The 4 Stages of Mitosis

The 4 Stages of Mitosis

When a cell divides, it goes through four stages called mitosis. These phases of mitosis are crucial to the lifecycle of a living organism because they ensure that each new cell will have the same number of chromosomes and genetic information.

The 4 Stages of Mitosis

There are four main stages to mitosis: prophase, metaphase, anaphase, and telophase. Each of these stages involves some kind of change in the structure of the nucleus. The changes each phase brings about are aimed at helping the cells get ready for division, so they can have a good chance of dividing properly.

In prophase, the chromatin fibers that make up a cell’s DNA condense and form chromosomes within the nucleus. Each chromosome is made up of two identical sister chromatids that are joined at the centromere (a point at the center of each chromosome).

The chromosomes are connected to spindle fibers in prophase and start to move toward the center of the cell, where they will become a part of an organelle known as the mitotic spindle. The spindle fibers then attach to kinetochores that are located at the centromere of each chromosome.

When all the chromosomes are in the mitotic spindle, the cell moves to the next phase, metaphase. In this phase, the cell checks to see whether all the chromosomes are at the metaphase plate with their kinetochores correctly attached to microtubules from opposite spindle poles. If any of the chromosomes aren’t at the metaphase plate, the cell pauses and goes back to synthesis to fix that problem before continuing on to anaphase.

During metaphase, the nuclear membrane breaks down into tiny vesicles that are filled with genetic material. As the vesicles break down, they release the sister chromatids that had been stuck inside the nuclear membrane. The sister chromatids are then pulled away from the nuclear membrane, and they begin to separate into individual chromosomes that are ready to split up into daughter cells.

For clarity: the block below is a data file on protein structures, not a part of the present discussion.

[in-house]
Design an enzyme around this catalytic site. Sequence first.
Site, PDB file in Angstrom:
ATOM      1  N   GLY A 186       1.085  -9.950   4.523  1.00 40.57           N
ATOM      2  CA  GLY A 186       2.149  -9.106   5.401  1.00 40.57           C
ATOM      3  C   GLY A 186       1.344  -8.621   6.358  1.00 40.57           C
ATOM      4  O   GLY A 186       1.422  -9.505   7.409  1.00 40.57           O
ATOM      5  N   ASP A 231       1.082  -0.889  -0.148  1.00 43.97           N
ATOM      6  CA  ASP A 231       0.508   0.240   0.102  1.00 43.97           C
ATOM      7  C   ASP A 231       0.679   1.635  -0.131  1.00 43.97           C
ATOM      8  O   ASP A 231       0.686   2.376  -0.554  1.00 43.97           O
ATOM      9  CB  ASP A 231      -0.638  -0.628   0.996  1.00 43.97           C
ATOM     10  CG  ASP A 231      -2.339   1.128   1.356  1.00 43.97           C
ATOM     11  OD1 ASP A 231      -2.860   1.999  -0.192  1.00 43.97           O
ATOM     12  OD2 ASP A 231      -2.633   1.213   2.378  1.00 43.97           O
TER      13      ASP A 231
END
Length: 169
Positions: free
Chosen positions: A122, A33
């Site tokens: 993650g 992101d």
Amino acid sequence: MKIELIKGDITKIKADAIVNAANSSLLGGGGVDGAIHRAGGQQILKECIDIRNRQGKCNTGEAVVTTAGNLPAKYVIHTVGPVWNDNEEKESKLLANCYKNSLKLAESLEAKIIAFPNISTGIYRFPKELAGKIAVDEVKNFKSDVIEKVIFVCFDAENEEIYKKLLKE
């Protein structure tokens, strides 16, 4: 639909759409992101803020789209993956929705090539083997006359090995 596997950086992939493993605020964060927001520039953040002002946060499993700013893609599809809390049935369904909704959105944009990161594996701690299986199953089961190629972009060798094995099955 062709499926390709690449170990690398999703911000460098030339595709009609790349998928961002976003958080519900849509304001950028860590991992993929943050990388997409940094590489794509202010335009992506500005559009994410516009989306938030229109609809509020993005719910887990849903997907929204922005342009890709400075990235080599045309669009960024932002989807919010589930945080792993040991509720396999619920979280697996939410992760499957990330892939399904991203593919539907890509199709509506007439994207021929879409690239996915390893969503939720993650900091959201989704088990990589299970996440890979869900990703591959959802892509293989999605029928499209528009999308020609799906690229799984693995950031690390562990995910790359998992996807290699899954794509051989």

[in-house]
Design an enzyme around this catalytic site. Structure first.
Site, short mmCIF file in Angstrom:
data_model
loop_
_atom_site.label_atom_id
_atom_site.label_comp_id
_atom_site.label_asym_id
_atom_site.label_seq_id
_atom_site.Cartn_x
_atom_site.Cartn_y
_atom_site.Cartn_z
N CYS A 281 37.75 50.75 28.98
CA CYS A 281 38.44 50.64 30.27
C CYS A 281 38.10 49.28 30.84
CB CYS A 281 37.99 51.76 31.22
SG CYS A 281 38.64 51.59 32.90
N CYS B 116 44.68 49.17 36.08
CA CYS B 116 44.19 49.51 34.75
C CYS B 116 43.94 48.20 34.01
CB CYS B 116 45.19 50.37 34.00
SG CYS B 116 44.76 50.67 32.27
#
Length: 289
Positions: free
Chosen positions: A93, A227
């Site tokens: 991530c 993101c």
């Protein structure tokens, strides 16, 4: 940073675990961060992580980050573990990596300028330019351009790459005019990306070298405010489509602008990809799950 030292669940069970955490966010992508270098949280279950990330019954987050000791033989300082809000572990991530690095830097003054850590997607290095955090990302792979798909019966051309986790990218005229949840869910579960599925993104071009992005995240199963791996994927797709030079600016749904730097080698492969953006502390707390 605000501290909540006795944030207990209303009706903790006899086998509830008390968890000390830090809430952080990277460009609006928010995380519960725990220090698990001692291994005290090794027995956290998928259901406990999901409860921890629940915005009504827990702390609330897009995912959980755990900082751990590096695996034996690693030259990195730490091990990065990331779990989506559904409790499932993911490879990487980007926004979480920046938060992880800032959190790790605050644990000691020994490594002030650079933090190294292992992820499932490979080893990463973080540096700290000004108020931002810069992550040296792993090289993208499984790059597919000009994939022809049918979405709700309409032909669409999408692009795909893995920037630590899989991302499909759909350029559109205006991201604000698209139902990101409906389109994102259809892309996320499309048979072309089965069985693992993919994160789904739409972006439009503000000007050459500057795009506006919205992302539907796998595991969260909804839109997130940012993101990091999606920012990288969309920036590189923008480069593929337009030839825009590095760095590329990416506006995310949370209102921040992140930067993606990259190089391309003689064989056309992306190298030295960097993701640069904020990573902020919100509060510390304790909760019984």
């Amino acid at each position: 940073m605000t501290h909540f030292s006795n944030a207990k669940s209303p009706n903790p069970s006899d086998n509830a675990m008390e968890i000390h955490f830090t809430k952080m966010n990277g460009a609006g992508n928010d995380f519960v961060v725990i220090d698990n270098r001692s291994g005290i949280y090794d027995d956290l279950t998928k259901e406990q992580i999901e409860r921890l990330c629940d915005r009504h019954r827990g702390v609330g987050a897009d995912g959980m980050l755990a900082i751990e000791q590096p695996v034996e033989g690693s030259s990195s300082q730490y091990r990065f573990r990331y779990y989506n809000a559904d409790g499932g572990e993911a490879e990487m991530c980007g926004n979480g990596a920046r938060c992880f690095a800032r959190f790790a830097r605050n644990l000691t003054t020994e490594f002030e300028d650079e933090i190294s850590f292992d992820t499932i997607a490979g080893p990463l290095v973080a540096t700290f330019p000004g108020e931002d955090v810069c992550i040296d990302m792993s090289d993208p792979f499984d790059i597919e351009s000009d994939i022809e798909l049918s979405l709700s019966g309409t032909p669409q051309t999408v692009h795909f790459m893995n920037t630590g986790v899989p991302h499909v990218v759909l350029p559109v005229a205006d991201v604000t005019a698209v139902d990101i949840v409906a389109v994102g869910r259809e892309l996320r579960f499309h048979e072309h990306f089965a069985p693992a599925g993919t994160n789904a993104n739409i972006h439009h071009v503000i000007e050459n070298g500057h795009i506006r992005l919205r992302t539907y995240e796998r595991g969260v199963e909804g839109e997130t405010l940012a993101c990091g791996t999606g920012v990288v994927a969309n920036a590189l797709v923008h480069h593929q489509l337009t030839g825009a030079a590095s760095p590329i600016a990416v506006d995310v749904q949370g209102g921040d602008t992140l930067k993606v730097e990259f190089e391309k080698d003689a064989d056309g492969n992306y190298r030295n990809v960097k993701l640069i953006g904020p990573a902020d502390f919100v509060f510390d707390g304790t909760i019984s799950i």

At this point, the two nuclei of each cell will be separated by a ring of protein that pinches them along a crease known as a cleavage furrow. This allows the two cells to separate and start a separate “life.”

The daughter cells will then begin to grow, producing proteins and other cytoplasmic organelles, as well as replicating their own chromosomes. The cycle begins again, and the process of mitosis will repeat itself.

Anaphase is the final phase of mitosis. In anaphase, the sister chromatids are pulled apart into their own separate chromosomes and move to opposite ends of the cell.

Chromosomes will then be pulled apart from the spindle fibres that aren’t attached to them, and they’ll push their own spindle fibres out of the way as they pull them to opposite ends of the cell. This makes the cell longer, so it can be divided.

This is the last phase of mitosis and marks the end of the cell division process. The daughter cells are now ready to begin their own cellular lives, and they can go on to reproduce themselves in the same way as the mother cell.